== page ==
But success comes quickly -- his teammates begin to appreciate his homeschoolish silliness, fans cheer his scoring abilities, and he soon he becomes a nationally-marketed frontrunner for the next entry draft. While Farley is lured into some of the temptations of success, it's really the principle where he doesn't compromise that causes his undoing -- for the life of him, he can't comprehend the role of fighting in the "hockey equation". After he embarrassingly refuses to participate in a bench brawl, everything begins to turn south on him.
Coach Donker and his teammates are incensed that Farley won't abide by The Code and defend himself, and they sing him a spirited song to tell him so. They stop protecting him on the ice and turn a blind eye while opponents throw dirty slashes and checks. His once-fans mock and boo him even as he continues to score, and the national media is outraged by his pacifism. All the while, Farley is falling more out of touch with Eve and with his own parents, and he's unhappier than ever. He begins to blame the sport of hockey as the source of all his problems -- how did this simple backyard game turn so viciously on him?
By the time Theo Fleury makes his inspirational appearance, you'll have long decided whether you like or hate this movie, and even though I loved it, I'll admit there is a decent chance you won't -- I know plenty of people who can't stomach musicals at all. But even if you'll hate it, I think you still should watch it. Because even though it's loaded with sappy love story and musical elements, it's really a celebration of hockey itself. The on-ice scenes are well-shot, there's plenty of hockey humor to chuckle at, and the movie never half-asses at any point.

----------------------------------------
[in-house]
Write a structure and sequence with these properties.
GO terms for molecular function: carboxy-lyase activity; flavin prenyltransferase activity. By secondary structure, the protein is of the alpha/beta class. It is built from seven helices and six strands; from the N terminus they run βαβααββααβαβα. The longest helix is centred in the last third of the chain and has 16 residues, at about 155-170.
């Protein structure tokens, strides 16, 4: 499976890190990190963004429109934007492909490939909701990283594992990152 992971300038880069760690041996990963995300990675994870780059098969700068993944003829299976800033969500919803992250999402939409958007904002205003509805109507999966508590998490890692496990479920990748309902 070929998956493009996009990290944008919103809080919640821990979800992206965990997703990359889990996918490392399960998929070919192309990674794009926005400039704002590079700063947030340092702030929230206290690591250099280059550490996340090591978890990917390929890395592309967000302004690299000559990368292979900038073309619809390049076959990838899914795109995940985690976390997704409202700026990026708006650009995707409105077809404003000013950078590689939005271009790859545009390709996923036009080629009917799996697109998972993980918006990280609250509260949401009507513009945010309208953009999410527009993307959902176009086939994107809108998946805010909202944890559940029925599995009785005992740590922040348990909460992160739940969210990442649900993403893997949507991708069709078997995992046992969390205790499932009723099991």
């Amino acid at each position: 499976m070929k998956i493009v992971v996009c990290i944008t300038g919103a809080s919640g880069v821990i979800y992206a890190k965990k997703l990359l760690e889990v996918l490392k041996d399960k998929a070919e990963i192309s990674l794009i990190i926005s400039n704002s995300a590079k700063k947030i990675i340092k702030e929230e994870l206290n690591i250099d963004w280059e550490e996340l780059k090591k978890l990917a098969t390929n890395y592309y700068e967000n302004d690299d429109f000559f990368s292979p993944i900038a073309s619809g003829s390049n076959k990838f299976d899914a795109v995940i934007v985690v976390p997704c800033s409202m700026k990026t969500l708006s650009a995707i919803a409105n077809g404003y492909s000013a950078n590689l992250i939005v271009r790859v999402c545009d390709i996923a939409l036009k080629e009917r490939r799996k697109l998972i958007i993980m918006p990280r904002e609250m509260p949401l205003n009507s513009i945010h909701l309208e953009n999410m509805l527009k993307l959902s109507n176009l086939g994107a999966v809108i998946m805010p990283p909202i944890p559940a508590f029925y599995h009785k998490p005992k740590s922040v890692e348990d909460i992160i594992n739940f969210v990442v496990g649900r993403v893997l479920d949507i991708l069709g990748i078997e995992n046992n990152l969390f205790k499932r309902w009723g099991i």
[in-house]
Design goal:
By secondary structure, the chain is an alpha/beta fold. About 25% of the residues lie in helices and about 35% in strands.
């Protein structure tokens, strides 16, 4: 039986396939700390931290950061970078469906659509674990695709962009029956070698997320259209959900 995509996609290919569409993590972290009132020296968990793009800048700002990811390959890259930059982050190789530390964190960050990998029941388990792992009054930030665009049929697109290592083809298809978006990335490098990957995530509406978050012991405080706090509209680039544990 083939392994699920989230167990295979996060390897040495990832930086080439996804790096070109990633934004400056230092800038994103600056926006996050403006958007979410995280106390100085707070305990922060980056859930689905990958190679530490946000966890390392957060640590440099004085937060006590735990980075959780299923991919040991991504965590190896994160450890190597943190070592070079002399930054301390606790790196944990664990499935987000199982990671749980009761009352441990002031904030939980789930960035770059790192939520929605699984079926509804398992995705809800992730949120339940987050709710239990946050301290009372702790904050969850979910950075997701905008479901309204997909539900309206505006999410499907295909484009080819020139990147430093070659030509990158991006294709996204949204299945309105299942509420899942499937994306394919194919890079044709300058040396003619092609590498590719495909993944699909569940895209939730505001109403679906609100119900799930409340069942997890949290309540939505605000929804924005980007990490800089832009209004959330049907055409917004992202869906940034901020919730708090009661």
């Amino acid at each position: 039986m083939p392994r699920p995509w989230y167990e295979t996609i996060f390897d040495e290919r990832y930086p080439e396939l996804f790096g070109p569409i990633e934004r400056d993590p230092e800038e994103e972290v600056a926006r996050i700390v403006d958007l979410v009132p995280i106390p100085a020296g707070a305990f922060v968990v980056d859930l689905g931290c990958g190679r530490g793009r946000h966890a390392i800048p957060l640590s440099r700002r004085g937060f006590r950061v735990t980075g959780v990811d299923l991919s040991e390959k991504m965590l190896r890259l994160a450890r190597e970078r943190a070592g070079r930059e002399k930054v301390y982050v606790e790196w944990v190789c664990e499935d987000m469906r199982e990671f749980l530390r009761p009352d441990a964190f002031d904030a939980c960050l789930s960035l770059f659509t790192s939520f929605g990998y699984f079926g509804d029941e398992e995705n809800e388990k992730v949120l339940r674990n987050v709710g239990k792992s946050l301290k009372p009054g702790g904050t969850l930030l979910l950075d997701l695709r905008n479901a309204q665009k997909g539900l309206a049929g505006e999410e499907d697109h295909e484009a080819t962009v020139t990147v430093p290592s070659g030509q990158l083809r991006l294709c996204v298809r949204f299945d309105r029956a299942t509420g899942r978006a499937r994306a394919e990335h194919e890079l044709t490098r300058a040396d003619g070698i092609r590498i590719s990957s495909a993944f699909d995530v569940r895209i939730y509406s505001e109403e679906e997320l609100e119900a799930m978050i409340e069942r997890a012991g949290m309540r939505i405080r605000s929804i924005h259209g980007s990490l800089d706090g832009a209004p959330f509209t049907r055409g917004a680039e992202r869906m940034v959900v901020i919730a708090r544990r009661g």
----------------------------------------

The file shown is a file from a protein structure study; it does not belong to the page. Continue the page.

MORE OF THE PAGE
And sure, campy music and choreography don't hold to the serious traditions of hockey, but that's sort of the point. The old school doesn't last forever; the sport Canada loves does evolve, and even as the NHL business machine complicates hockey with its lockouts and salary caps and franchise relocations and whatnot, the love of the sport carries us through. Hockey, hockey! Greatest game in the land!
Thanks to Doughlarbear for convincing me to watch it -- I liked it a bunch, and I think some of you will, too.